One hundred and fifty years later, a Confederate flag was lowered from its pole at the South Carolina State Capitol. A black state trooper carefully carried the folded flag and handed it over to be stored with other Confederate relics. 

It was Abraham Lincoln, the first Republican president, who preserved the Union and whose vision and leadership defeated the proponents of slavery. It was Governor Nikki Haley, also a Republican, and the daughter of Indian immigrants, who had the courage to call for the removal of a rebel flag that was raised again just fifty years ago as a symbol of defiant resistance to civil rights and integration.

Could the dramatic events of recent days be the start of a new chapter for the Republican Party in the South? Could the extraordinary response to the massacre at Emanuel AME Church and the furor surrounding the flag turn out to be a liberating moment for a party that solidified its southern power by playing on racial fears and resentments but is now caught in a trap of its own making? Will Governor Haley recognize that the removal of the flag, while symbolically powerful, is just the first step? Will those leaders who grieved for their colleague and had the guts to do the right thing regardless of political consequences now affirm that healing and reconciliation is not possible without equity in our social and economic structures? Could the party of Lincoln return to the best of its historical values?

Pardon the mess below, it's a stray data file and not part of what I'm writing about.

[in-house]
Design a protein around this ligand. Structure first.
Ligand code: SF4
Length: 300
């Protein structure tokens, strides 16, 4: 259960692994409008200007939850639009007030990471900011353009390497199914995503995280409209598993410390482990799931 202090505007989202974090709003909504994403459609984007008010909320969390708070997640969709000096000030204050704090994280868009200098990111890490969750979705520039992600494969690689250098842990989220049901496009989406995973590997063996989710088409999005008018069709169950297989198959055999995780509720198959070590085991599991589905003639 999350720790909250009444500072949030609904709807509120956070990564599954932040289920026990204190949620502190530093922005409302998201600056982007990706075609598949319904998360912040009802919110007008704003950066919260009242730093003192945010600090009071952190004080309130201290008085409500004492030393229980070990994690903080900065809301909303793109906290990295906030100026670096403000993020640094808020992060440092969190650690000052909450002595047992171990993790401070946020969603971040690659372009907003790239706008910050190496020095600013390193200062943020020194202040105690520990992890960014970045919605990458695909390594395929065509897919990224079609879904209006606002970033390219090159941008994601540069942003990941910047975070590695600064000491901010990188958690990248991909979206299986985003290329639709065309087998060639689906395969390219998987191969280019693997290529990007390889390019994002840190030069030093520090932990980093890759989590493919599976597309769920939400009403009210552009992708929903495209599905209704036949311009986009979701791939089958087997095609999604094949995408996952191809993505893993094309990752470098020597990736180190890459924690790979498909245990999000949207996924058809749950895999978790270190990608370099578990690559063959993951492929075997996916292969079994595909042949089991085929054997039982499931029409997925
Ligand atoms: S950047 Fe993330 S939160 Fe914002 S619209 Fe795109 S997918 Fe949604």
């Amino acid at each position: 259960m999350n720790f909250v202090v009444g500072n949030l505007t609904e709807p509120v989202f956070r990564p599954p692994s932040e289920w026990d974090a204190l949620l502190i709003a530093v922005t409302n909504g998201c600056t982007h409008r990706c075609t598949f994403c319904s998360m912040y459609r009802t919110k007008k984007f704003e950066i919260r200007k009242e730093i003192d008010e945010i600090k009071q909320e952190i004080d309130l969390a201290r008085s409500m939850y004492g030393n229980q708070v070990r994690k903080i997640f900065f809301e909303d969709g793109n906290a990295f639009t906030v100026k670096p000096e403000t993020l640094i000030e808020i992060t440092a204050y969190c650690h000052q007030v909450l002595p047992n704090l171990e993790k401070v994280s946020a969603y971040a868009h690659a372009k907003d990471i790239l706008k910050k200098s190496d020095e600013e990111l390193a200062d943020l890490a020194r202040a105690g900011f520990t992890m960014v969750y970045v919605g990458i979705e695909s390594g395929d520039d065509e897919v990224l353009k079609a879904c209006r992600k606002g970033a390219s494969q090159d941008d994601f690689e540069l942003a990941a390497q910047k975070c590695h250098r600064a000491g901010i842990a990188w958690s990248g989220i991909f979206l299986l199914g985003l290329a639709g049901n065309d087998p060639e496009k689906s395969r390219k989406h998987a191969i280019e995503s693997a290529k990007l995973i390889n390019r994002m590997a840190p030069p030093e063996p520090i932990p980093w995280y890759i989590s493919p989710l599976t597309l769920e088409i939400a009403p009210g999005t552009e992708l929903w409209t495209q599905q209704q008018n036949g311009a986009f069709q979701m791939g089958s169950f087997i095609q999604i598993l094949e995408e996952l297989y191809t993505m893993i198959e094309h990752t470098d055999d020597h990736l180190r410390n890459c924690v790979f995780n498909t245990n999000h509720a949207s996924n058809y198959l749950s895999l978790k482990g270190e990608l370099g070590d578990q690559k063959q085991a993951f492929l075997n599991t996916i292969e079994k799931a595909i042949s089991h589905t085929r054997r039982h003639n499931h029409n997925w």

Those who take political risks need support. Democrats should avoid self-righteousness. They have their own shameful history. It was southern Democrats who enforced Jim Crow legislation for 100 years and fiercely resisted the civil rights movement. George Wallace was a Democrat, not a Republican. Nor should the North feel superior in matters of racial justice. The ten most segregated cities include New York, Chicago, Philadelphia, Cleveland, Milwaukee, Detroit and Boston.

One foundation that South Carolina and other southern states may build on is a shared sense of spirituality among whites and blacks. This was evident in the public statements following the Charleston shooting. The community refused to be divided. There was an awakening among Christians to the fact that the moral teachings of their faith demanded action to remove the offending symbol. The South African experience may prove instructive. For decades the Dutch Reform Church, as the “official church” of South Africa, justified apartheid, giving a theological cover to the white power structure. In 1986, however, the church formally denounced its attempts at biblical justification of apartheid, and in 1989 it condemned apartheid as a sin. This action played some role in helping to move the country toward a peaceful transition to democracy.    

Will the response to the Charleston shootings and the renouncing of the Confederate flag open up a constructive dialogue about how to build a more just and inclusive society for all Americans? As President Obama said in his extraordinary eulogy for the slain Senator Pinckney, “God works in mysterious ways.”